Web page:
Family friend (female) calls my mil girl/girly.
Makes me laugh as mil is 74 and family friend is 90 grin

It only bothers me if it is said in a patronising way like a male boss of mine used to say it hmm

relaxitllbeok Fri 24-Mar-17 07:02:58

The equivalent of "girls" is "boys" though, not "lads". I was in a setting recently where the man in charge kept addressing the women as "girls" and the men as "gentlemen". No excuse: same role, same context, same age distribution.

I think the age of switching varies but I wouldn't advise an older person to describe a woman older than 17 as a girl. There's a detective story, maybe by Ruth Rendell, where the plot turns on some teenagers referring to one of themselves as a woman, and an older male only considering much older women when he tries to work out who they meant. Maybe it's not a spoiler if I can't remember which book...


lastqueenofscotland Fri 24-Mar-17 07:05:29

I'm late mid twenties and hate being called a lady or a woman it sounds so old.
I'm fine with being called girl, and my DP still refers to going out with the boys etc.

I appreciate I'll be in a minority on MN though.

noeffingidea Fri 24-Mar-17 07:07:20

It depends on the situation. In a formal business setting then men/women is appropiate and both should be used. In social situations then it's really up to the individuals concerned.

Sparklingbrook Fri 24-Mar-17 07:08:42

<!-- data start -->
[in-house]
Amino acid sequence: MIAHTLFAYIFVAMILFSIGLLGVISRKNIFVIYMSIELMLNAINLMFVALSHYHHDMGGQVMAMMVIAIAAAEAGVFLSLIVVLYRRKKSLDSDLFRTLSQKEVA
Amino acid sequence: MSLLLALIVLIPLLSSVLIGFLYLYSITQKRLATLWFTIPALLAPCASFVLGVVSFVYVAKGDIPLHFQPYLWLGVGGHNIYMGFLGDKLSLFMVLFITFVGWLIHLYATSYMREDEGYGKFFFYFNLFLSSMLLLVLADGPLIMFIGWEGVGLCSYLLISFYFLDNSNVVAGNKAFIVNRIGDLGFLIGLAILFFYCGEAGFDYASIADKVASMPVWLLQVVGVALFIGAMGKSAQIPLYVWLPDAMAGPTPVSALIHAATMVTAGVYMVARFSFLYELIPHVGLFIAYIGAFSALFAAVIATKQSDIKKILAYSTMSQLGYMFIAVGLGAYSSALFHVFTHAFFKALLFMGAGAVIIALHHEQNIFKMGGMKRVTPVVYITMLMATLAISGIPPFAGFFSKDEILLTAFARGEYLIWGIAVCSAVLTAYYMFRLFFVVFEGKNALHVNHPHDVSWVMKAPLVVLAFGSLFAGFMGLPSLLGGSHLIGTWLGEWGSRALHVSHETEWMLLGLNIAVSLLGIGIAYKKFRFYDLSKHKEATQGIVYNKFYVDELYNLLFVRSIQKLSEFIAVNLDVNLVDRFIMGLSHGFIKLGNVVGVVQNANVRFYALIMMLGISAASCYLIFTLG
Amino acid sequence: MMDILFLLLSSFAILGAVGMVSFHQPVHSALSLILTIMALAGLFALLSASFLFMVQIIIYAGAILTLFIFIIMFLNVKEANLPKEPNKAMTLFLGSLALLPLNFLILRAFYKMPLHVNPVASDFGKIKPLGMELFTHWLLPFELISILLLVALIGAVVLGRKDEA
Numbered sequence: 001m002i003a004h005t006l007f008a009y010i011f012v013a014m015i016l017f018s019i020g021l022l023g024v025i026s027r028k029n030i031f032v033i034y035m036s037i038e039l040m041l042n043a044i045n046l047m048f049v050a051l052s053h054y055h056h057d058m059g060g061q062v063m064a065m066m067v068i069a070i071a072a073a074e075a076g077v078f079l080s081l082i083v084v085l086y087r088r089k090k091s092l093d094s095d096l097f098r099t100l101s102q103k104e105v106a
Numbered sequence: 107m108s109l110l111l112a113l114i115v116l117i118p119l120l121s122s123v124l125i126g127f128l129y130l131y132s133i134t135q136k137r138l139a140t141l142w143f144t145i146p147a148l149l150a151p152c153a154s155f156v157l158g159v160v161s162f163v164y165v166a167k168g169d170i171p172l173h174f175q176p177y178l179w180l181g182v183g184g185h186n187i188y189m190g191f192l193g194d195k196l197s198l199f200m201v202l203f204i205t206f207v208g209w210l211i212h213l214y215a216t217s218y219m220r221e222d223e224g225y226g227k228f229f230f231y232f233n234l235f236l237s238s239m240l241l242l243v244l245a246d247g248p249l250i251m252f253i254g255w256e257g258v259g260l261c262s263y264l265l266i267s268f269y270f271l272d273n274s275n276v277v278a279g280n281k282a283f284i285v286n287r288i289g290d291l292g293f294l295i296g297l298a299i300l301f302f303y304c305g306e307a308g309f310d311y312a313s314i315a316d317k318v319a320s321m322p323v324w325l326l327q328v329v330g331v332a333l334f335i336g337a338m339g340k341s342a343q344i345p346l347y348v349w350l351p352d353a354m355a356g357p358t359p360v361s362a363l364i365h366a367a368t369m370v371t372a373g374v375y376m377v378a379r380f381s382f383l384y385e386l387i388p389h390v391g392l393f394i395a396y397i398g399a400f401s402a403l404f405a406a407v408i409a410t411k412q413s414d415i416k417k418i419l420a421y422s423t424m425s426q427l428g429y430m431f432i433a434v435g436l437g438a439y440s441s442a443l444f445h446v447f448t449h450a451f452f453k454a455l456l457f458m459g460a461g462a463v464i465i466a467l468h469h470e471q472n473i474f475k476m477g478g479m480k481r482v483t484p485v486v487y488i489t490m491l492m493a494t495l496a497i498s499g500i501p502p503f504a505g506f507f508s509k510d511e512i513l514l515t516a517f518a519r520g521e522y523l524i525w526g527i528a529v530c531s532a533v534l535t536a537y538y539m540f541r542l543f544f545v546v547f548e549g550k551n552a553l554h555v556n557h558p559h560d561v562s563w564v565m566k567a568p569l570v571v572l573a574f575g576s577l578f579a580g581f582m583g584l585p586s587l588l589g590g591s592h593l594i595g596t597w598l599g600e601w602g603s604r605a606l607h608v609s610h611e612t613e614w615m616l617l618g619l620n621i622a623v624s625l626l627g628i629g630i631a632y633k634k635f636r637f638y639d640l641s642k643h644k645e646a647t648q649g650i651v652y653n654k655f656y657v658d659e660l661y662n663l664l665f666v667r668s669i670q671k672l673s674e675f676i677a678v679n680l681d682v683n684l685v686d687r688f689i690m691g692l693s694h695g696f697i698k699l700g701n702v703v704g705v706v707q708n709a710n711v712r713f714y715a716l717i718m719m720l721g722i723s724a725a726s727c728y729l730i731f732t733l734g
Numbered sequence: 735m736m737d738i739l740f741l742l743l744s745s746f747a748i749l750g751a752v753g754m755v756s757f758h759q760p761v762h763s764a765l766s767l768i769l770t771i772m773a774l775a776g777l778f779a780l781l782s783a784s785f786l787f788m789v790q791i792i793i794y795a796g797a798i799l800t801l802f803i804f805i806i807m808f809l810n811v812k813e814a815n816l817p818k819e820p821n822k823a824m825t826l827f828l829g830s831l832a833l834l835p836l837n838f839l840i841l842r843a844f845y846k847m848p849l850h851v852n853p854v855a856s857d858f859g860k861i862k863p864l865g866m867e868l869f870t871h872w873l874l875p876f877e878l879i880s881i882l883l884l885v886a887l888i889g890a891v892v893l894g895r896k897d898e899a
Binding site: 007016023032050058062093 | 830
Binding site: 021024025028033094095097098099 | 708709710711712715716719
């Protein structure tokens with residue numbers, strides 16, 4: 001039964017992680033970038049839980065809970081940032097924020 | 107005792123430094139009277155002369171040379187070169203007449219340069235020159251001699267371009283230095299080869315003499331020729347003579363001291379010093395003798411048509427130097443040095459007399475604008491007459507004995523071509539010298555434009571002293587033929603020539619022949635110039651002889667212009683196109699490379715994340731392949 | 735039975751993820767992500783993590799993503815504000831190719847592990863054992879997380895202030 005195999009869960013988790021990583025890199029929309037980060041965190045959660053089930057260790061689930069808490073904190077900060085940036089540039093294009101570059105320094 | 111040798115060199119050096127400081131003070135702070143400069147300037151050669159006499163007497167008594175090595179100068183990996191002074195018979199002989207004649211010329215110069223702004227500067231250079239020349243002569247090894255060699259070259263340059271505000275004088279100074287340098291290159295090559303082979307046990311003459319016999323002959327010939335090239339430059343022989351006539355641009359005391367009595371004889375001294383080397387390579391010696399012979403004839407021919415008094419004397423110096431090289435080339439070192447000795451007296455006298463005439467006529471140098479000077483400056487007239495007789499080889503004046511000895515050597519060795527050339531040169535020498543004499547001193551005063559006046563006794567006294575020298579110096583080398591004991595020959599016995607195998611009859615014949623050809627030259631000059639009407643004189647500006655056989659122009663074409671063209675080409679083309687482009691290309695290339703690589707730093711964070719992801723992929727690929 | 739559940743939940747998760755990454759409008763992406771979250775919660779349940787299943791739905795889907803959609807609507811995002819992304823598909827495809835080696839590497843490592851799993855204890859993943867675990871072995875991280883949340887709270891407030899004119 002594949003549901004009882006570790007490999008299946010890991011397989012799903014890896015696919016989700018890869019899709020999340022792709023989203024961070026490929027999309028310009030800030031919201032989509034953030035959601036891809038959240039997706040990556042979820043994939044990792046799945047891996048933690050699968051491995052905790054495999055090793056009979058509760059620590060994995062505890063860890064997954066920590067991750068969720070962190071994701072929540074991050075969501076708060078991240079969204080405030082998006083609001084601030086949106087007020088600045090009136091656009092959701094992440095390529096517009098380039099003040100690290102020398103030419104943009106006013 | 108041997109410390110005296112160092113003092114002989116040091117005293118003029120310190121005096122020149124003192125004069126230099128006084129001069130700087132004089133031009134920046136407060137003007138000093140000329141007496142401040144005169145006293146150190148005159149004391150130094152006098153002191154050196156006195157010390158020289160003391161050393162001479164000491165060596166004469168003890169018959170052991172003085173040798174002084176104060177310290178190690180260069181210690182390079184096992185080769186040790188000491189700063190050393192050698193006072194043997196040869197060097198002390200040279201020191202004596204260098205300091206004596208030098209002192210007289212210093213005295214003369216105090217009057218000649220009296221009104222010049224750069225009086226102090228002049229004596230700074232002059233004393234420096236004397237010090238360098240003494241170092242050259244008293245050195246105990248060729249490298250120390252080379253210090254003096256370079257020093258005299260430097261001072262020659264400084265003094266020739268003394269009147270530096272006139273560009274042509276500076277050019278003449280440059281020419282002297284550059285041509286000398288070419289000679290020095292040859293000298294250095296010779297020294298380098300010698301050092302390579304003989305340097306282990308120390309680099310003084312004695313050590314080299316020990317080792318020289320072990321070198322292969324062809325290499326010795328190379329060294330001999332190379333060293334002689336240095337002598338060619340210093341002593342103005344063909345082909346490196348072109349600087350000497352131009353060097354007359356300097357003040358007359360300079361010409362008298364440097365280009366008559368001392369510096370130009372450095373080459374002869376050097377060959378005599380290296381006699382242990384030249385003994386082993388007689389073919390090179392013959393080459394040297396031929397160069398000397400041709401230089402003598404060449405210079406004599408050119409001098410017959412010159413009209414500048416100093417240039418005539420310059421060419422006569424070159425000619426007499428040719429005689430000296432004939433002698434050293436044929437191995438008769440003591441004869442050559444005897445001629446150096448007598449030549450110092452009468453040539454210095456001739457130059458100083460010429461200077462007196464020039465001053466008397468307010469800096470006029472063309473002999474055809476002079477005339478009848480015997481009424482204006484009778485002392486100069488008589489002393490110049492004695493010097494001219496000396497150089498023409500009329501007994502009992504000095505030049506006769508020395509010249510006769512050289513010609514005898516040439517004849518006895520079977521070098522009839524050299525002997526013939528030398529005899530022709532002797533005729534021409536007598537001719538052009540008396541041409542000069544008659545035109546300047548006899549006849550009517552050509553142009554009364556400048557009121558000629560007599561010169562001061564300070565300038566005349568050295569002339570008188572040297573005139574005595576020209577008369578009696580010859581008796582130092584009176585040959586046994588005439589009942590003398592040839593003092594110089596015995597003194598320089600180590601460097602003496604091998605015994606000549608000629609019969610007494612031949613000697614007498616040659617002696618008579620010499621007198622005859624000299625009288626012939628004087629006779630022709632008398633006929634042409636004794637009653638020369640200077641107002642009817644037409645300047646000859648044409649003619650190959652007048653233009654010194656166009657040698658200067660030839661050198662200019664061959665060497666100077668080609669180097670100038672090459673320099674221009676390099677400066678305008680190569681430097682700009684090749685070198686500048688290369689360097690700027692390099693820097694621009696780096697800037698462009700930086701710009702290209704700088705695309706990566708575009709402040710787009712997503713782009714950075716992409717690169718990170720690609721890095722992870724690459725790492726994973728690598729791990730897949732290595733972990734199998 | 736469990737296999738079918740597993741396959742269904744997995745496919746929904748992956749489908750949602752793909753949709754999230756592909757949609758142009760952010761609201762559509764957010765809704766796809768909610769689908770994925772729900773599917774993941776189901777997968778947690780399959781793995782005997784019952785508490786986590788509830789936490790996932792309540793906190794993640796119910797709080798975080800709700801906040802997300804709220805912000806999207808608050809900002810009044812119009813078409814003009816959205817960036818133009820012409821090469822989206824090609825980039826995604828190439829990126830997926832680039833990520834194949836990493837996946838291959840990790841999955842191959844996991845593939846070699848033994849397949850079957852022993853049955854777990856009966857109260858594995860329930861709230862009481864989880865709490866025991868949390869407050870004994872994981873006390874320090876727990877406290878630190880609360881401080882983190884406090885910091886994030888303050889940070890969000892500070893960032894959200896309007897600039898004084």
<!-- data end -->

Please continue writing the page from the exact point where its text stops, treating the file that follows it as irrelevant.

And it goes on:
Doesn't bother me at all.

JamesDelaneysHat Fri 24-Mar-17 07:09:06

Hate 'girls' referring to grown women. I also hate it when a group of adults are called 'guys'.

sandgrown Fri 24-Mar-17 07:09:29

I call my friends the girls as in "I am going out with the girls "

Ifailed Fri 24-Mar-17 07:11:17

It's slightly better than the awful unisex 'Guys', which I hate with a passion I can't really explain.

SailAwaySailAwaySailAway Fri 24-Mar-17 07:12:58

As one of a 'gaggle of middle aged women'hmm it doesn't bother me but in a work setting I hate it, even though it's a female manager who uses the word in an attempt to be friendly.

SailAwaySailAwaySailAway Fri 24-Mar-17 07:13:54

It has different connotations from 'lads' too.

skerrywind Fri 24-Mar-17 07:13:58

lastqueenofscotland you are in your late 20s and you hate being called a woman? hmm

Sparklingbrook Fri 24-Mar-17 07:22:04

Someone going into the office and saying 'morning women' doesn't sound right.

BertrandRussell Fri 24-Mar-17 07:22:19

There's a big difference between "going out with the girls" and " I'll ask the girl in accounts to do it" when the person in accounts is 45.

I know a ton of people will come on to say that "The boy in accounts" is just as common. But it isn't.

Increasinglymiddleaged Fri 24-Mar-17 07:23:51

So what is the female equivalent of 'lads'?

I really think this is looking for something to be offended about. Someone above says that 'girl' can be used to early 20s. How exactly is one meant to differentiate between a 'girl' of 22 and a 'woman' of 26? Biologically a girl becomes a woman after puberty but if someone called a 13 year old a woman there would be shock.